Karlie Kloss has been able to support herself and her family ever since she was in high school. Kloss still remembers moving to New York with her mom while she was still a teen, and the thrill of knowing she made enough money to pay their rent there.
Karlie Kloss recently told Glamour, “When I moved to New York all I knew about New York was what I learned from Law and Order: SVU. So I was terrified! We moved into an apartment above an Indian restaurant. It was surreal because even though I was young, I knew it was my working that allowed us to rent an apartment and be able to go out for dinner.”
“I was proud. My only other job had been babysitting, and my going rate was six dollars an hour. Suddenly I was able to take my whole family traveling. That was empowering.”
I think it's amazing how much @karliekloss has achieved and she's only 23!! Very inspiring!
— Lily Pebbles (@lilypebbles) August 3, 2015
So, why is Karlie Kloss going back to school?
“I don’t want to wait until I’m 30 to continue learning and challenging myself in new ways,” Kloss says. “I’m 23 and had a very busy point in my career, but I hope it’s just the beginning. I want to do it all. Like most kids starting college, my major is still undecided. Next year will be a balancing act-but how exciting! I haven’t written a paper in years.”
Part of Karlie Kloss’ desire to broaden her horizons comes from a class she took last year that launched a major outreach for her.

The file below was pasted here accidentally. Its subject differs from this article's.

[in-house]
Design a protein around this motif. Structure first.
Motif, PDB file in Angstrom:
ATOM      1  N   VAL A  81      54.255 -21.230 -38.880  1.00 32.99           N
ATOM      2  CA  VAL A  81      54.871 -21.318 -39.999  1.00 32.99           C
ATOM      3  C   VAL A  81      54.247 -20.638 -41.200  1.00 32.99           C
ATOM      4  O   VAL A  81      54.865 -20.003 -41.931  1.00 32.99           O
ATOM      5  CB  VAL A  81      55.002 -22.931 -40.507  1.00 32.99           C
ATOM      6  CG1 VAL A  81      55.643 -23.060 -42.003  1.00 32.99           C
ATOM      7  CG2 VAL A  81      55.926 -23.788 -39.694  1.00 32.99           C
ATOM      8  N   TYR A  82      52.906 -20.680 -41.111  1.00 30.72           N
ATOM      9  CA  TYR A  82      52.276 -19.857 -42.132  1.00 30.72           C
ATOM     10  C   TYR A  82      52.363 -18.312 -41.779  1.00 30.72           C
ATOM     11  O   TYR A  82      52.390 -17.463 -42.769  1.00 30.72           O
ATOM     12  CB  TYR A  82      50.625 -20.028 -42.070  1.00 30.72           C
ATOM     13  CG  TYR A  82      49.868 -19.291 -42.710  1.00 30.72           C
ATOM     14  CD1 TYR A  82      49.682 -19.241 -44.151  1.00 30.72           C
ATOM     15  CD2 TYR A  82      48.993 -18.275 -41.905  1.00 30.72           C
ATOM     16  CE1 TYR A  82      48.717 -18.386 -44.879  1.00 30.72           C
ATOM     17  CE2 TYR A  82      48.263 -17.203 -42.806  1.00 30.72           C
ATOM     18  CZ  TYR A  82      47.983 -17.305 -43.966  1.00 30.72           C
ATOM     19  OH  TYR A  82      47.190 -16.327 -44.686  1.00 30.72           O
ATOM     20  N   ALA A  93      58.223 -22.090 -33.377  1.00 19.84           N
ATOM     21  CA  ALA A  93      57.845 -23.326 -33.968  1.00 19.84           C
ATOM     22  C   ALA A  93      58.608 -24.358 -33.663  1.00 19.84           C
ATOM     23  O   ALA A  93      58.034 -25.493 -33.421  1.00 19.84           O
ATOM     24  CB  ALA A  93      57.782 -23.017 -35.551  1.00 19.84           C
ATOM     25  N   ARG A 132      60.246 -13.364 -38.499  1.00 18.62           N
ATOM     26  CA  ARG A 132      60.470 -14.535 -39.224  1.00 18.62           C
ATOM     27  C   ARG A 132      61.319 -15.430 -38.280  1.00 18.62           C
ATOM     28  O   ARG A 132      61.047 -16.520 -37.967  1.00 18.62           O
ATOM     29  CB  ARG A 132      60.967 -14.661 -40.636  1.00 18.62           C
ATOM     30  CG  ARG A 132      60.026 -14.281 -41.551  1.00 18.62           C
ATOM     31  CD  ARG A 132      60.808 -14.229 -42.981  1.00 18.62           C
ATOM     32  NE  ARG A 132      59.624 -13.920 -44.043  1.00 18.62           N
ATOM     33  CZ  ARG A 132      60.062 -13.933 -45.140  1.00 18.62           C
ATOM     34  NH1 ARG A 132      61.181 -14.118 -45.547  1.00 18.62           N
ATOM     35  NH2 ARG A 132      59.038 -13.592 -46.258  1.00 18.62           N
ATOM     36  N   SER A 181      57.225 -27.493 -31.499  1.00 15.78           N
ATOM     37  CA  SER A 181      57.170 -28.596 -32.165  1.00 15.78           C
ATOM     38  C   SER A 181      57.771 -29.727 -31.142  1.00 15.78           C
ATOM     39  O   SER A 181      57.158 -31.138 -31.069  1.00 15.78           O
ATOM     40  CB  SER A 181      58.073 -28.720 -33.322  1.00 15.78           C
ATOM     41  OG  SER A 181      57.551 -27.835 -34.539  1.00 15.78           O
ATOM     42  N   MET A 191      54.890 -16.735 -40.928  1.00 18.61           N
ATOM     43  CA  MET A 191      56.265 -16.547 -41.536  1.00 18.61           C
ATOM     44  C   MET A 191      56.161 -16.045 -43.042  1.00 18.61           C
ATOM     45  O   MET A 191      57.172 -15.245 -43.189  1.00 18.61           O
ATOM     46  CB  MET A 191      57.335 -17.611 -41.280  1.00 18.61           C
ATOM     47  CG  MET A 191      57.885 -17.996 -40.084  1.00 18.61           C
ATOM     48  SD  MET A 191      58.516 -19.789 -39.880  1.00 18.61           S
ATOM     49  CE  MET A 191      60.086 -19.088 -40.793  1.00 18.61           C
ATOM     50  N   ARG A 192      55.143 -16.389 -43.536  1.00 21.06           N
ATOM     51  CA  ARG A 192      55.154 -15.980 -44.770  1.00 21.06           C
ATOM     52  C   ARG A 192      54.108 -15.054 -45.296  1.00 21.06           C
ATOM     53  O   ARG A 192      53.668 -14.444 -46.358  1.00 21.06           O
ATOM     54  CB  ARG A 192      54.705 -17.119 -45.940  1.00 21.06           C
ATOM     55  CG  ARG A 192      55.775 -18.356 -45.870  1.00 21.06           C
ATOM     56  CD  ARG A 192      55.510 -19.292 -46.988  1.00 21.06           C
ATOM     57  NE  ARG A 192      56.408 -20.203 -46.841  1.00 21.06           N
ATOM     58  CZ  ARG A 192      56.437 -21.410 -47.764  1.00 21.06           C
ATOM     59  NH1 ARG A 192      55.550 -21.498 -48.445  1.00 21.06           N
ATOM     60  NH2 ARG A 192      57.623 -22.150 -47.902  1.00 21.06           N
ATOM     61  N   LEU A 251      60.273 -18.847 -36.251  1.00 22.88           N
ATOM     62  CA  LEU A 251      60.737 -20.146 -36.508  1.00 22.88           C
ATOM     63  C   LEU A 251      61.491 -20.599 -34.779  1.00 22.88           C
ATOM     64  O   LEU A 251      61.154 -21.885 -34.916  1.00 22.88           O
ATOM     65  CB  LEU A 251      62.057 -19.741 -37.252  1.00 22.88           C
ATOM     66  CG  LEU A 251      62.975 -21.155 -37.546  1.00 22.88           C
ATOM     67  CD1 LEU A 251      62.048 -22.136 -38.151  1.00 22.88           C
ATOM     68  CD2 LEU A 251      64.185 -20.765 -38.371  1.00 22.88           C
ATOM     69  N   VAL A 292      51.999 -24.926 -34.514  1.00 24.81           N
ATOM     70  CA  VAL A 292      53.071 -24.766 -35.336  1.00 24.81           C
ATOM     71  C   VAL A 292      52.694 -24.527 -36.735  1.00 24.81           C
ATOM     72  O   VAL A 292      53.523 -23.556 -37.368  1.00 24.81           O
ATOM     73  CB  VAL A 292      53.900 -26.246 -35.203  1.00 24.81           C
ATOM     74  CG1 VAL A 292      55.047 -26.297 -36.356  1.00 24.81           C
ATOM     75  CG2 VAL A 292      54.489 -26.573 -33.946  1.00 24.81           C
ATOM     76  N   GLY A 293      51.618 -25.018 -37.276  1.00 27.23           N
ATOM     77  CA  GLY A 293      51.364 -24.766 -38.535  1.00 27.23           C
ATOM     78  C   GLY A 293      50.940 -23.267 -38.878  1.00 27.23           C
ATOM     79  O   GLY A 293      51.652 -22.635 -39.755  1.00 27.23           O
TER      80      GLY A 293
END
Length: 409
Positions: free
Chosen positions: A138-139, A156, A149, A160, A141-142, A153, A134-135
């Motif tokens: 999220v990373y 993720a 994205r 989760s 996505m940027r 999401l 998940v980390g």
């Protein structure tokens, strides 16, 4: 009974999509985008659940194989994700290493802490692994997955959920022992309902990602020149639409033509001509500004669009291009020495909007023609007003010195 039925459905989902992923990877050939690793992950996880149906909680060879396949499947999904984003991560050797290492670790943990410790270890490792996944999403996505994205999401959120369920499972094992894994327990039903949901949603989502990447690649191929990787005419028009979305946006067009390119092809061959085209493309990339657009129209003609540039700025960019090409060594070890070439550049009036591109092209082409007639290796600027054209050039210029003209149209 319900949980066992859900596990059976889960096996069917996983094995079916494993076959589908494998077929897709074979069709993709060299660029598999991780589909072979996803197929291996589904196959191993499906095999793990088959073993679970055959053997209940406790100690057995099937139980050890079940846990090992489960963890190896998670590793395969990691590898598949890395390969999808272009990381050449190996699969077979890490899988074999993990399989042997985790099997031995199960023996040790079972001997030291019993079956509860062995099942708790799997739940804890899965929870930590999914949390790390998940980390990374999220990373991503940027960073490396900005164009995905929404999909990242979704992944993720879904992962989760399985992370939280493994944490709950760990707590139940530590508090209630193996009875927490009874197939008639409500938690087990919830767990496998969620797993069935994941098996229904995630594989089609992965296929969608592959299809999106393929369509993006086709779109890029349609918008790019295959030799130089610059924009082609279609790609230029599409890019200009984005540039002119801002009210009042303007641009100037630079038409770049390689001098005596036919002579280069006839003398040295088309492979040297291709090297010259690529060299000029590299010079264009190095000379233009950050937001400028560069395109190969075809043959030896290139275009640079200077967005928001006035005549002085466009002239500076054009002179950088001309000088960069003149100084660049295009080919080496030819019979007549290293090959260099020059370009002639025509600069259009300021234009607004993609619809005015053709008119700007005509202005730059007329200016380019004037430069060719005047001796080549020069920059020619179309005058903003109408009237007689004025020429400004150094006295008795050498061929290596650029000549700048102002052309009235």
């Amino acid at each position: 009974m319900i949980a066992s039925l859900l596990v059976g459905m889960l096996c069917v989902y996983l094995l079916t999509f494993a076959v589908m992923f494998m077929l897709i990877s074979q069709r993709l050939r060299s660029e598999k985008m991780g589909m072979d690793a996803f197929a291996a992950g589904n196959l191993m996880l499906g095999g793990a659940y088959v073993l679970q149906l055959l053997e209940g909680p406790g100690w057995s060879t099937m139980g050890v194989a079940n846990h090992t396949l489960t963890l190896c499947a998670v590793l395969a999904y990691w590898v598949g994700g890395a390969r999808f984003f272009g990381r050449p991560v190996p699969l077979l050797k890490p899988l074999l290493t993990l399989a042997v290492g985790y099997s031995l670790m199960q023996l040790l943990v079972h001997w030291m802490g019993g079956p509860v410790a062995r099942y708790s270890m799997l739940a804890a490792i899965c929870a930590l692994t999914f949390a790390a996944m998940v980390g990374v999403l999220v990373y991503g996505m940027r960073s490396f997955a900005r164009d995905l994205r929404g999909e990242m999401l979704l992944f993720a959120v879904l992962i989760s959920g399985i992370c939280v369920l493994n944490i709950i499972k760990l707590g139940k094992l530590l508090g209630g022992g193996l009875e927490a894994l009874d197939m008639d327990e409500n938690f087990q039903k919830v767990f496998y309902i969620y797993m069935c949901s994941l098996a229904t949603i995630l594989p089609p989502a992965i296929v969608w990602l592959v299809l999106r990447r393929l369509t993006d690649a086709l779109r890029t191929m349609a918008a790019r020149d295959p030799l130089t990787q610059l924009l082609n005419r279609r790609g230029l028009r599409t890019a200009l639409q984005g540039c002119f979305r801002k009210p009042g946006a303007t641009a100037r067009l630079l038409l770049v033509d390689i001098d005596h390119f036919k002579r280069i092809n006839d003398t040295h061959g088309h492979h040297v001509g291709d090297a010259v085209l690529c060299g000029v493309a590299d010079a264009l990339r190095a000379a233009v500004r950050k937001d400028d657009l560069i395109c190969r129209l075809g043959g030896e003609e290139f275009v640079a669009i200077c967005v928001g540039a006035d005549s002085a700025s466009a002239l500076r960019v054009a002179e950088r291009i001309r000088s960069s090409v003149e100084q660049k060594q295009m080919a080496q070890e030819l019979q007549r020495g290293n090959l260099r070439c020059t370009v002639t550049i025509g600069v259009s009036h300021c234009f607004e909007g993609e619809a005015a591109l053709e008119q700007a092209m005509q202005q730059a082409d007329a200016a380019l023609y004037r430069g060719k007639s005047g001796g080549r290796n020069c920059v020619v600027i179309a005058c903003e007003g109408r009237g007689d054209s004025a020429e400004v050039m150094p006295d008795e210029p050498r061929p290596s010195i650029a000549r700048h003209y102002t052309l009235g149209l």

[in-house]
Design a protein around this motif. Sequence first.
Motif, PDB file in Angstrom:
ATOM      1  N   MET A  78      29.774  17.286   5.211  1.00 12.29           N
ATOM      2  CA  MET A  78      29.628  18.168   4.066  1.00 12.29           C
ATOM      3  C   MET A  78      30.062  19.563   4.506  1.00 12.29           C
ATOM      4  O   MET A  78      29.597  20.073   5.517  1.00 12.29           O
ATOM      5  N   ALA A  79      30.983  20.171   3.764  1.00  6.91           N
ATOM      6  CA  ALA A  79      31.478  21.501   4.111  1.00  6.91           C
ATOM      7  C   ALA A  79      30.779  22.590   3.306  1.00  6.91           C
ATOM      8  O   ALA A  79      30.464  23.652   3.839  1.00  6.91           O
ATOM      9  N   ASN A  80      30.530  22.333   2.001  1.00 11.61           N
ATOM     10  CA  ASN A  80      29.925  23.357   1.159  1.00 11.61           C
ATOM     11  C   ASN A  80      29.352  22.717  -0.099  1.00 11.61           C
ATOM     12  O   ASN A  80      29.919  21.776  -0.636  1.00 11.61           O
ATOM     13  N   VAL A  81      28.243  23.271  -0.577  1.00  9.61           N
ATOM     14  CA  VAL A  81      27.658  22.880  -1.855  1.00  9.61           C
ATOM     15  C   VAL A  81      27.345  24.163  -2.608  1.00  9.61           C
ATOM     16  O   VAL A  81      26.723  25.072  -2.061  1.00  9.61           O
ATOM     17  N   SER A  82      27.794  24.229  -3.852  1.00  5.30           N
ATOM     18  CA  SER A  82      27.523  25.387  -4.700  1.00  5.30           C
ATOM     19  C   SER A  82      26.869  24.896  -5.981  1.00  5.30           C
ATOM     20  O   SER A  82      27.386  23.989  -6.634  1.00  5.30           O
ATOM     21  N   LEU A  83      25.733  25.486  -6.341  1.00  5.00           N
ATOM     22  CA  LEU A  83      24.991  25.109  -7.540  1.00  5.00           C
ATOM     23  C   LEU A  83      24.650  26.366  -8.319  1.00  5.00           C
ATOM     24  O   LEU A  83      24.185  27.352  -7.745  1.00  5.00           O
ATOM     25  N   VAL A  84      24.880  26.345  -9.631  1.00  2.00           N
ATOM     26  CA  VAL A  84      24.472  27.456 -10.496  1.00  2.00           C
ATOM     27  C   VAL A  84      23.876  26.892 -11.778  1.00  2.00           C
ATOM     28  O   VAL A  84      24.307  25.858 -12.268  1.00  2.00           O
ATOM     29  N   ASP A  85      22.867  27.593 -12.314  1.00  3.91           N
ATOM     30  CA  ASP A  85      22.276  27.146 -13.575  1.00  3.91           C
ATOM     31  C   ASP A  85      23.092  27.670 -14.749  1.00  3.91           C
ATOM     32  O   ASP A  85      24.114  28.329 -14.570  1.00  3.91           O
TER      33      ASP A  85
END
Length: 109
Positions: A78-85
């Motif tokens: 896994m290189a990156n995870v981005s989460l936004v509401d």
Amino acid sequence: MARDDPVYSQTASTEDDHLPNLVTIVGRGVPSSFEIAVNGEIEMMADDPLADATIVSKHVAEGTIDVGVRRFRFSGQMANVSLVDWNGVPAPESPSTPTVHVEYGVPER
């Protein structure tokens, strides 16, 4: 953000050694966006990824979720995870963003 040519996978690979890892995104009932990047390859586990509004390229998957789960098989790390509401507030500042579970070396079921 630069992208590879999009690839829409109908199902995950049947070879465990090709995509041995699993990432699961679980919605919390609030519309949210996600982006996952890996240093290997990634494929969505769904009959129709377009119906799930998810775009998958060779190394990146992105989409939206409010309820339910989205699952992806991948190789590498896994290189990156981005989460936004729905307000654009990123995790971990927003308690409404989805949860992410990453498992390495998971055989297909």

“Computer science and programming were not classes offered in my school, but I have always been fascinated by math and science and how the tech industry is changing the world. I even started learning how to code. Coding is the way our world is built. Whether it’s software or the human body, everything is communicated in a code.”
“Last summer I took a weeklong class at the Flatiron School, and I found tremendous value in having the ability to build code. So I started the Kode With Karlie scholarship because there are many girls in that space. My sister works at a fashion text start up in San Francisco — I think there are very few female engineers at many companies. I was always planning to have a career in science, but the general statistics around women in math and science are not very encouraging, which is why I think it’s so important to get more girls interested.”
While modeling has been her bread and butter, Karlie Kloss knows that it is not an avenue that all girls can take advantage of.
“I’m still wrapping my head around being a role model for young girls,” Kloss explains. “I do feel a responsibility to become an example for young women in general. That’s what Kode With Karlie is about: supporting girls to try coding even if they’re not interested in being a programmer. If I can inspire one girl to try it, I’ll be happy.”